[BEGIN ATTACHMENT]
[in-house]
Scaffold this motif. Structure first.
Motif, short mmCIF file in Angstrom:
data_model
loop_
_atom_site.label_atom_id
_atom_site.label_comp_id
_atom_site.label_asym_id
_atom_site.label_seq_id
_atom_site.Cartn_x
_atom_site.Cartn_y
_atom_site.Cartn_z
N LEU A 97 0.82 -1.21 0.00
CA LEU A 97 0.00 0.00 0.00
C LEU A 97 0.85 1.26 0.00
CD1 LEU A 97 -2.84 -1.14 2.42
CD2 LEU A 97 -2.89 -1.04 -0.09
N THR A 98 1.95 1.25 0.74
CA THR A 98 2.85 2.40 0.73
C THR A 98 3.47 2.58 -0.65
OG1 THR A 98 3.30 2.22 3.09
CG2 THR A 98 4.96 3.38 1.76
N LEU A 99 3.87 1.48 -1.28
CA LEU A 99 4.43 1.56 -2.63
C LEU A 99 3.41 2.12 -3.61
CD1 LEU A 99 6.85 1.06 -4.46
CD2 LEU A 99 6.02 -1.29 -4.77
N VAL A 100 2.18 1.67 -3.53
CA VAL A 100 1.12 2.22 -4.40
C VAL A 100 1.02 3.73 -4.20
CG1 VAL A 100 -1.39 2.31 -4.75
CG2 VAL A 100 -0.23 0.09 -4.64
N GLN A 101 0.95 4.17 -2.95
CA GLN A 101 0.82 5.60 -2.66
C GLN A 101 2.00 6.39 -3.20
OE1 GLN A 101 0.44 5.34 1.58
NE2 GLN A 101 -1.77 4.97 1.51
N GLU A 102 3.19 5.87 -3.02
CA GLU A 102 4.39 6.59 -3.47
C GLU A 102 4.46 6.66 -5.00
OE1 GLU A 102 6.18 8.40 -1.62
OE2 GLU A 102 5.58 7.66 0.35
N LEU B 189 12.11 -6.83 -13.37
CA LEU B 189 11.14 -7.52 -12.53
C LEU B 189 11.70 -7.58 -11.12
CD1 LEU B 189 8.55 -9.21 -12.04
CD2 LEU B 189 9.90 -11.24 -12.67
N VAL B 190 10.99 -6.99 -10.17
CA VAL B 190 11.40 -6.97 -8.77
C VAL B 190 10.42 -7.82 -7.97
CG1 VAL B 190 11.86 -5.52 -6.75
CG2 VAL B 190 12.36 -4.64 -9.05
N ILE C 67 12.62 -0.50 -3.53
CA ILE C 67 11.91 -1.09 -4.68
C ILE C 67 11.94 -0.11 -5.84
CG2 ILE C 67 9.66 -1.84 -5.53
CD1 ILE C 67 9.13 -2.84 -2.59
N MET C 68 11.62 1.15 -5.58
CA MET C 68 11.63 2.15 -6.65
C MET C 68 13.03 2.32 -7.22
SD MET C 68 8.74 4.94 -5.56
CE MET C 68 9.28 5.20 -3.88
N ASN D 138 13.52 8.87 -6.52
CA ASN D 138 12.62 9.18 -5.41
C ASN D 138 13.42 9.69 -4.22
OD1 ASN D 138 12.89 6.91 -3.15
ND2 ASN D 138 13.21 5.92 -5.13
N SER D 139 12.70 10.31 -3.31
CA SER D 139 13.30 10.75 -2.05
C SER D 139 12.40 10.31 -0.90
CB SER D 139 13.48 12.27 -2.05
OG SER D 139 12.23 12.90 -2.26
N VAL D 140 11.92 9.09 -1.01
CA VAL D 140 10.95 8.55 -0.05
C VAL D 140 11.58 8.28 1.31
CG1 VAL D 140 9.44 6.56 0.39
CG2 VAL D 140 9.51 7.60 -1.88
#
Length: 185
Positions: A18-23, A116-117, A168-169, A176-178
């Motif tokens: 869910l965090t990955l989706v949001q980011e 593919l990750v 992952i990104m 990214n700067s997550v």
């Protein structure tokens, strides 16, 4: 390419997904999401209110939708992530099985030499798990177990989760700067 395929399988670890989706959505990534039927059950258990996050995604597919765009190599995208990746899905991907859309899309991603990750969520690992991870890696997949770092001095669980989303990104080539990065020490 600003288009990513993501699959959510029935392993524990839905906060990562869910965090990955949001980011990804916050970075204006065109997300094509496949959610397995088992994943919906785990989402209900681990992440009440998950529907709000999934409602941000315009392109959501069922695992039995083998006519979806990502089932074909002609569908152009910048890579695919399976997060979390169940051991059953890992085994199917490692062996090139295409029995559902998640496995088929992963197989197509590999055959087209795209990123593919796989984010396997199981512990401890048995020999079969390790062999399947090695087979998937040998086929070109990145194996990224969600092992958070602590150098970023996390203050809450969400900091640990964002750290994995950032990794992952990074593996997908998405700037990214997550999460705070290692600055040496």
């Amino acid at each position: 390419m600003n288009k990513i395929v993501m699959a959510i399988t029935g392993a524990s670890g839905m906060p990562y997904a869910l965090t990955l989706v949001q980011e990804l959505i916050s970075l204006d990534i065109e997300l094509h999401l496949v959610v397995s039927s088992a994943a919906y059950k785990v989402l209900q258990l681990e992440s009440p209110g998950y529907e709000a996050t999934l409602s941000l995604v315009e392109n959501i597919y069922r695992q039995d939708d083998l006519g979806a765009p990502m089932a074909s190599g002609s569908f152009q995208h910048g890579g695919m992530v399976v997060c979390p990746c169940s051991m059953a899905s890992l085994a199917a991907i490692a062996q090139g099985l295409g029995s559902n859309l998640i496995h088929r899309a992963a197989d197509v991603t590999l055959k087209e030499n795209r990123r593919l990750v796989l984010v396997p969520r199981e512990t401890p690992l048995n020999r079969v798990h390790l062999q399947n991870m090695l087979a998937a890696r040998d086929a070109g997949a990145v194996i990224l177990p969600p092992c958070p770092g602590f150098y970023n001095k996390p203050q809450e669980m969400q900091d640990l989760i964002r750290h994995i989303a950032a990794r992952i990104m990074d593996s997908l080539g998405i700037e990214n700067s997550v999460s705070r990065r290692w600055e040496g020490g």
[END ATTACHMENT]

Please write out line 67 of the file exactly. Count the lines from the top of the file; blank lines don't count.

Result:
ND2 ASN D 138 13.21 5.92 -5.13